Red-Light Market Relocation IMMINENT: As Super Highway Construction Begins
The Government of Liberia on Monday officially broke grounds for the construction of the 180 miles Red-Light – Gbarnga super highway funded by multinational donors and the World Bank, but Public Works Minister Samuel Kofi Woods says the US$166 million project might be stalled unless the sprawling, open air Red-Light market is decongested and relocated to give easy passage to heavy duty construction equipment and materials. Our Staff Writer Peter Fahn has been assessing the situation and now reports.
Red-light Market Relocation Imminent
From the scheme of things, decongesting the Red-Light market may be a major hurdle to the smooth implementation of the project, because in recent times marketers there have not only resisted relocation efforts, but are also demanding a suitable, spacious site ideally located to accommodate them.
In the absence of a designated site with the requisite facilities to host them, moving the thousands of marketers from Red-Light now may not be feasible giving the fact that they are accustomed to their present location where they raise money to support their families and make ends meet.
Perhaps in anticipation of the ensuing project, the government successfully recovered the former OMEGA Navigation site along the Monrovia- Kakata highway and earmarked same for the construction of a modern market complex to host marketers at the Red-Light. While the fate of that project remains unclear up to date, removing marketers from their current location to somewhere yet to be ascertained seems impossible.
The site where the market is now situated was not originally intended for the purpose; rather it was a major intersection linking Monrovia on two fronts – the Somalia Drive Monrovia axis and the Red-Light Congo Town –Monrovia axis and most importantly, the Paynesville- Kakata axis. This means that locating Red-Light there was meant to facilitate the free flow of traffic from all directions, thereby making possible the movement of people, goods and services without hindrance.
The current situation at the Red-Light may be attributed to the aftermath of the Liberian civil war which attracted a huge population and its attending social consequences, as most rural dwellers now in the city are only surviving on petty trading. Thus, the Red-Light is not only a place for legal hustling but also abnormal transactions because people of different orientations converge there 24-hours around the clock in pursuit of their objectives.
The construction of the Red-Light – Gbarnga super highway which will cost US$166 million will be undertaken by a Chinese firm, the China Chongquip International Construction Corporation, CICO. The project is expected to be completed in three years.
Speaking during the ground breaking ceremony on Monday, Vice President Joseph Boakai said the project was part of the government’s continued efforts to improve the livelihood of Liberians across the country through infrastructural and economic development.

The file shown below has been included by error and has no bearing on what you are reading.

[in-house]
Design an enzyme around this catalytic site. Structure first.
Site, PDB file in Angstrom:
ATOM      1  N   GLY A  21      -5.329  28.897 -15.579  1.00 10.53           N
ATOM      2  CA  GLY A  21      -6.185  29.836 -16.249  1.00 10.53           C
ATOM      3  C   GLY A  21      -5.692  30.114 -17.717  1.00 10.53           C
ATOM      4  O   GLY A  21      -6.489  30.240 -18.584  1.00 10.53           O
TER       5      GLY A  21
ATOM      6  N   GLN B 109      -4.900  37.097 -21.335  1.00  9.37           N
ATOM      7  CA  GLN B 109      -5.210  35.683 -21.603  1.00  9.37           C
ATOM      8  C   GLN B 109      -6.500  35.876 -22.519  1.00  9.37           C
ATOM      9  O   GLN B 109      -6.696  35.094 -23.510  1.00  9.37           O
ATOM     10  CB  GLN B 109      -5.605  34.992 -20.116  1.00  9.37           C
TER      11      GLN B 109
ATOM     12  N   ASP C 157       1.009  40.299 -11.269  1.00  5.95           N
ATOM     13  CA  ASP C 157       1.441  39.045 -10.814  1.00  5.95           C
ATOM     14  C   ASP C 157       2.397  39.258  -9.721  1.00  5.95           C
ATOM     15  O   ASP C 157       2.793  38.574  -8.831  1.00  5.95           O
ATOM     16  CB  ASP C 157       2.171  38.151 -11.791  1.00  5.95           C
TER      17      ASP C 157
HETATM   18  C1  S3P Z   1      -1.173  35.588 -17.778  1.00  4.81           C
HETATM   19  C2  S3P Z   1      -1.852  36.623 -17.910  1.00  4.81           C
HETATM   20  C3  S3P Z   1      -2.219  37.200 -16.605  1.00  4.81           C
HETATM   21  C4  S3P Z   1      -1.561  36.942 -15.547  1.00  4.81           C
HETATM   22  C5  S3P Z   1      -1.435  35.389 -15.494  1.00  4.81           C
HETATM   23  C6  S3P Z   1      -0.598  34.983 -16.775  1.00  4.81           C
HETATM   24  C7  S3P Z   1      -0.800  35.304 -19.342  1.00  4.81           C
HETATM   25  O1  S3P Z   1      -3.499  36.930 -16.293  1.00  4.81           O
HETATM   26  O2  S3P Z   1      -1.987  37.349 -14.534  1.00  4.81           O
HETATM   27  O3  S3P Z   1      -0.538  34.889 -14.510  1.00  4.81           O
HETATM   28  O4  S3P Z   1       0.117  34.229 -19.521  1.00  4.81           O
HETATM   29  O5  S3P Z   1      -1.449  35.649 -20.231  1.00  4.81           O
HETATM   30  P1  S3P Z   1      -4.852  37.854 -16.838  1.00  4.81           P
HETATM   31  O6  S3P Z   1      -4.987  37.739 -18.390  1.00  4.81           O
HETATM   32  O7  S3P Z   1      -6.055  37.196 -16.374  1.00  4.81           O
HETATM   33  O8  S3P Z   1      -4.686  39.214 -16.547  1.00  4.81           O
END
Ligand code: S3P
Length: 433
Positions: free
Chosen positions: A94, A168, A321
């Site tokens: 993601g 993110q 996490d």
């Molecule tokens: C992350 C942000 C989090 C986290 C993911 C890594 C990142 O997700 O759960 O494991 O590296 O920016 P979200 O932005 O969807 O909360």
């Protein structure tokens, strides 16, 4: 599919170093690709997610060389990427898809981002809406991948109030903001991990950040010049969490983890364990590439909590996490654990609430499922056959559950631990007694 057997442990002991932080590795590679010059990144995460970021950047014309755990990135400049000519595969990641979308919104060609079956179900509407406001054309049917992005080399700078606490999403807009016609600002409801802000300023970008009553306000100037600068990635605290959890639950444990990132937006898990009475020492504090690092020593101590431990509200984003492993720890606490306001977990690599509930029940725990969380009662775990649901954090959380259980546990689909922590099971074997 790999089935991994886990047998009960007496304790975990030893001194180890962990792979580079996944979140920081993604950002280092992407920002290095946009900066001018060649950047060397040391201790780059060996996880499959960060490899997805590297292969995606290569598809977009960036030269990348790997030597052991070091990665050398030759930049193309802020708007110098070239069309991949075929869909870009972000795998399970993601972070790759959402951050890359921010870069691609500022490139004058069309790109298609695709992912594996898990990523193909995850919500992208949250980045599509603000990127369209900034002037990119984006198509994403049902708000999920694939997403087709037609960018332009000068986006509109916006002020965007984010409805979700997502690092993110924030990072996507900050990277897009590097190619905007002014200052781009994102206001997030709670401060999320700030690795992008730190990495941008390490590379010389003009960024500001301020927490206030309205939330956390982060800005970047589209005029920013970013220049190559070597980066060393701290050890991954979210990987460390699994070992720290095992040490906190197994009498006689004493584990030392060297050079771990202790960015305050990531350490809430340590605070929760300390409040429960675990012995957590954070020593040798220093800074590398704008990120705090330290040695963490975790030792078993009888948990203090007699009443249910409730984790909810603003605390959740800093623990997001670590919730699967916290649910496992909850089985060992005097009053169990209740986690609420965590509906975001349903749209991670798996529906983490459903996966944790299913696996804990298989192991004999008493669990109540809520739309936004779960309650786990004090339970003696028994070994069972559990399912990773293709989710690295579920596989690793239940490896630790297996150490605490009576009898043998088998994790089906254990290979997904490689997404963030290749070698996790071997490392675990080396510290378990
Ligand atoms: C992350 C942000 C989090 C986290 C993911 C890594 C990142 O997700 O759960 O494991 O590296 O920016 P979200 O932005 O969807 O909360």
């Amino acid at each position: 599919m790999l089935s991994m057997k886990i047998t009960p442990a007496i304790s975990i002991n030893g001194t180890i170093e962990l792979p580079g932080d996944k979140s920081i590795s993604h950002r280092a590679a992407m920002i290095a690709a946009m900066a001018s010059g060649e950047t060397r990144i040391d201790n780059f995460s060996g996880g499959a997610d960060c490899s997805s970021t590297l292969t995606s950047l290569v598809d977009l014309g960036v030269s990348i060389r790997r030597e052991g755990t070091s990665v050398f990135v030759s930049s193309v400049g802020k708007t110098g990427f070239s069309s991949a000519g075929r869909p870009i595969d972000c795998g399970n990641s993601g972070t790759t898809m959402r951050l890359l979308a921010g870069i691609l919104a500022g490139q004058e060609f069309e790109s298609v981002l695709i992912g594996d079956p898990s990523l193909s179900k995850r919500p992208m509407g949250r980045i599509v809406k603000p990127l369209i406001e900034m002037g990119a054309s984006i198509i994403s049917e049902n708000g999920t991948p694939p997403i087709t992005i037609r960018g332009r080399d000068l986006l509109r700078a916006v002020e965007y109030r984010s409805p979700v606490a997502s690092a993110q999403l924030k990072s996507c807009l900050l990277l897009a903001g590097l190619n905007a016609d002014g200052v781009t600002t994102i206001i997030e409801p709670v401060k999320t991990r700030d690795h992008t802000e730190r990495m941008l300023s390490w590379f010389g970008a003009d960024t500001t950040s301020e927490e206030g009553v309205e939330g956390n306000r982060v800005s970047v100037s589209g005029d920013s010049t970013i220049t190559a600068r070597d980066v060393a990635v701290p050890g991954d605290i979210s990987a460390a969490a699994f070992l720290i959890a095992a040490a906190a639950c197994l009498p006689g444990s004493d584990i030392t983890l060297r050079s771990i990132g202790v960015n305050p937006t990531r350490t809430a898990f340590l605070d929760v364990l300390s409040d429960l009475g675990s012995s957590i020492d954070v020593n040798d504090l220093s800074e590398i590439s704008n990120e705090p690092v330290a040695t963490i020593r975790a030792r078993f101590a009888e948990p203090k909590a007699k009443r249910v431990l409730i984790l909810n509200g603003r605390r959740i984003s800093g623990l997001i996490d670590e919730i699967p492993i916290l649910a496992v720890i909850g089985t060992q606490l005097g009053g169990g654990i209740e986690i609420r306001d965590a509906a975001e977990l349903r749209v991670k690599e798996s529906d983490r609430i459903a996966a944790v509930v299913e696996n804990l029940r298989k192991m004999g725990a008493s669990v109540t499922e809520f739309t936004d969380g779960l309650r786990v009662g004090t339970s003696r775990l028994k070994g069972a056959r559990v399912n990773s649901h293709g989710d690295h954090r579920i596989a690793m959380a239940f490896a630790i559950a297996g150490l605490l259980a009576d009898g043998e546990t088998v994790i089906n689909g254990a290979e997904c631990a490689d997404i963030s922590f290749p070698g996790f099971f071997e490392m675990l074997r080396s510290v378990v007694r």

“The construction of the Red-Light – Gbarnga road is a major undertaking which will benefit nine counties in particular, especially those counties dubbed the ‘breadbasket’ of the country,” the Vice President stressed.
He called on marketers, particularly those at the Paynesville Red-Light market and those elsewhere and other residents along the route to cooperate with the construction firm to enhance the smooth and successful implementation of the road project.
The highway is a major economic corridor that links several counties in the hinterland to the capital Monrovia. Counties along the route include Margibi, Bong and Nimba. Other counties also connected to this route are Lofa, Grand Gedeh, among others.
However, the Red-Light – Gbarnga highway is currently in deplorable condition, riddled with potholes and cracks thus hindering and slowing down free movement of commuters and economic activities along the way.
For his part, Public Works Minister Samuel Kofi Woods urged CICO to use quality construction materials to build the road to meet international standards, adding that when built, the value of the road must commensurate with the cost of the project- US$166 million.
The Minister also urged the Chinese construction firm to give preference to Liberian local contractors when sub-contracting part of the project to companies. In addition, Minister Woods called on CICO to provide opportunities to college students studying civil engineering and other technical courses to gain practical skills.
Commenting on the popular Red-Light Paynesville market, Minister Woods said the market needs to be urgently decongested in order to provide easy access to earth-moving construction equipment and materials to enhance the speedy implementation of the multimillion dollars road project. He urged the marketers and other residents along the highway to cooperate with contractors during the building of the road, noting that any demolition exercise during the construction work should not be misconstrued as a deliberate act by government; rather it would simply be to enhance the work.
Despite the inconveniences, the Red Light-Gbarnga Highway construction might cause marketers currently doing business within the perimeters of the project, they need to understand that this development scheme will not only benefit people along the route when it is completed, but will also benefit them by boosting their businesses.
Therefore, the red light marketers must understand and cooperate with the government by accepting willingly to relocate in the interest of the country and its development.